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Toward a Trump Republicanism

Michael Barone on

What you heard most of was nationalism. To some Democrats, including many in the chamber, that sounds like Adolf Hitler's national socialism. To those who realize that we have no political prisons full of reporters and less government surveillance of the press than in the Obama administration, it sounds more attractive.

Trump did, appropriately, pay more tribute than usual to Americans' engagement in the world and aid to foreigners. But his repeated theme was that he will always serve Americans first -- such Americans as the heroes in the gallery whom he spotlighted with grace.

So though Trump Republicanism has elements of other party traditions, its dominant tone is nationalist. That puts the Democratic Party, now suffused with Trump hatred, in danger of positioning itself as anti-nationalist. The withering contempt of many coastal Democrats for heartland Americans who regard patriotism as normal and benign is probably not a political asset.

Two other issues mentioned briefly in the State of the Union address have the potential to move his party away from Bush's. One is his daughter Ivanka's proposal for family and medical leave, something free market Republicans have usually spurned.

Democratic versions of this feature yet another Great Society bureaucracy and new taxes on businesses. Trump Republicans might embrace the proposal of lawyer Kristin Shapiro and the American Enterprise Institute's Andrew Biggs to allow parents to finance leaves through early withdrawals from Social Security in return for delayed retirement. As with Social Security retirement, recipients would arguably be paying something for what they get.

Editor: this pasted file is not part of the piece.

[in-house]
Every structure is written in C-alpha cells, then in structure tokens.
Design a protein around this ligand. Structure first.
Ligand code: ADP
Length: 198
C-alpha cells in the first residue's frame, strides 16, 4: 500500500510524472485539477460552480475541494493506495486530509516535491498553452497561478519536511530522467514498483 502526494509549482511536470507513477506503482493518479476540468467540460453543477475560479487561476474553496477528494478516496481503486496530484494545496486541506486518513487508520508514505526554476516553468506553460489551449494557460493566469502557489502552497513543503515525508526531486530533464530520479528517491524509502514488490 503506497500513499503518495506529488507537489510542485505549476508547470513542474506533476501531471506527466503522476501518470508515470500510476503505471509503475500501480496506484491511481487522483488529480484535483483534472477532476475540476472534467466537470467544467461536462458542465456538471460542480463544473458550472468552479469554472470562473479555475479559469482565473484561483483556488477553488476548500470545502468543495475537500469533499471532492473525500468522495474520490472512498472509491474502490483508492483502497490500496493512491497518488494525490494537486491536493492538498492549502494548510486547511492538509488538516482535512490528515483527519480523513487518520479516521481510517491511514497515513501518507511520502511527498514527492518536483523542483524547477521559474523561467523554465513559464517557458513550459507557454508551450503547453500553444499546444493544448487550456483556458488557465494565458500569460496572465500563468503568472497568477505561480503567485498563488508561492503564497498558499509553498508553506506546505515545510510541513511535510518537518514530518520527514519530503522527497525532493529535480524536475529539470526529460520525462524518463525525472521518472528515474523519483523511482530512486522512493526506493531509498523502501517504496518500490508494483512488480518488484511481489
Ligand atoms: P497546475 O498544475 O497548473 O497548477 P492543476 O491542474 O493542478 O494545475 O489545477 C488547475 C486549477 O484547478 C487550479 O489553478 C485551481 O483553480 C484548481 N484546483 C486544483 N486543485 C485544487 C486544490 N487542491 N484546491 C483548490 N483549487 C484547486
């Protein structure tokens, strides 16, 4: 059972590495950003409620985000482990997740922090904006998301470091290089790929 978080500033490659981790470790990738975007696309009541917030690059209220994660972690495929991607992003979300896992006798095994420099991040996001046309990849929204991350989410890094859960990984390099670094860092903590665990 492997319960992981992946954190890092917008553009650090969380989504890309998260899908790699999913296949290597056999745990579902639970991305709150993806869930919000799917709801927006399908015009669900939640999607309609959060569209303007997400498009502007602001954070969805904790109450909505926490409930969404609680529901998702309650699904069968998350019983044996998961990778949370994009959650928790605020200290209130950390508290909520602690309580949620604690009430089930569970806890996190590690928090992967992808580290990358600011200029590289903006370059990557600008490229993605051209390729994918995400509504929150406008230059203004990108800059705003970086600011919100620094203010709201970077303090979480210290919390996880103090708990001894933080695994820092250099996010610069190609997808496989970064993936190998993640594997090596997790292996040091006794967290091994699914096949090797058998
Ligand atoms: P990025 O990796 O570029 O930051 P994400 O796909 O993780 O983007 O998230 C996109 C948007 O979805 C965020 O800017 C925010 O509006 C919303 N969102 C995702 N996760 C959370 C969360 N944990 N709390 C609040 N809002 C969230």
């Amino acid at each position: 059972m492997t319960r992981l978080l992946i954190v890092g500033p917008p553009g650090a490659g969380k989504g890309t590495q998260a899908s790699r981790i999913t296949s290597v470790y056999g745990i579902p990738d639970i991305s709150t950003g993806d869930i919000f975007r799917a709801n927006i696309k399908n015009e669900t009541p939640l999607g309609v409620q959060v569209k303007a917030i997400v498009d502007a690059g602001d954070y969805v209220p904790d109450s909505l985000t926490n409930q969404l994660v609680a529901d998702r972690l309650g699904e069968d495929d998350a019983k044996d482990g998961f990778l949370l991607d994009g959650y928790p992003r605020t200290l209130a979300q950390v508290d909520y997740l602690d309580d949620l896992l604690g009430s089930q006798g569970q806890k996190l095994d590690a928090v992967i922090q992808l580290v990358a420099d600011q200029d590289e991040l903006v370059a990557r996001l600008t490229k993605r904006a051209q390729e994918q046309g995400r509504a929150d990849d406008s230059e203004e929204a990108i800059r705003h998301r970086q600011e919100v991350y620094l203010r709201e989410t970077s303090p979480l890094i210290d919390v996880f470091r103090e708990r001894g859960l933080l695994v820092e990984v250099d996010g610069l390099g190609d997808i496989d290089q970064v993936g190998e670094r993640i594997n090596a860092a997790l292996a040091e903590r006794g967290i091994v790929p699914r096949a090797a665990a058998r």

The second issue is infrastructure, on which Trump called for $1.5 trillion in spending. Senate Minority Leader Chuck Schumer pre-emptively attacked the public-private financing Trump is said to support. But public-private financing has been enormously successful abroad, whereas Schumer's preferred system, The New York Times reports, has produced subway tunneling costs per mile that are seven times the average of the rest of the world.

The State of the Union address probably won't elevate Trump's low job approval rating. But competition between Trump Republicans and Democrats wedded to socialism and a religiously intense secularism may not turn out the way the latter would like.

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Michael Barone is a senior political analyst for the Washington Examiner, resident fellow at the American Enterprise Institute and longtime co-author of The Almanac of American Politics.

Copyright 2018 U.S. News and World Report. Distibuted by Creators Syndicate Inc.
 

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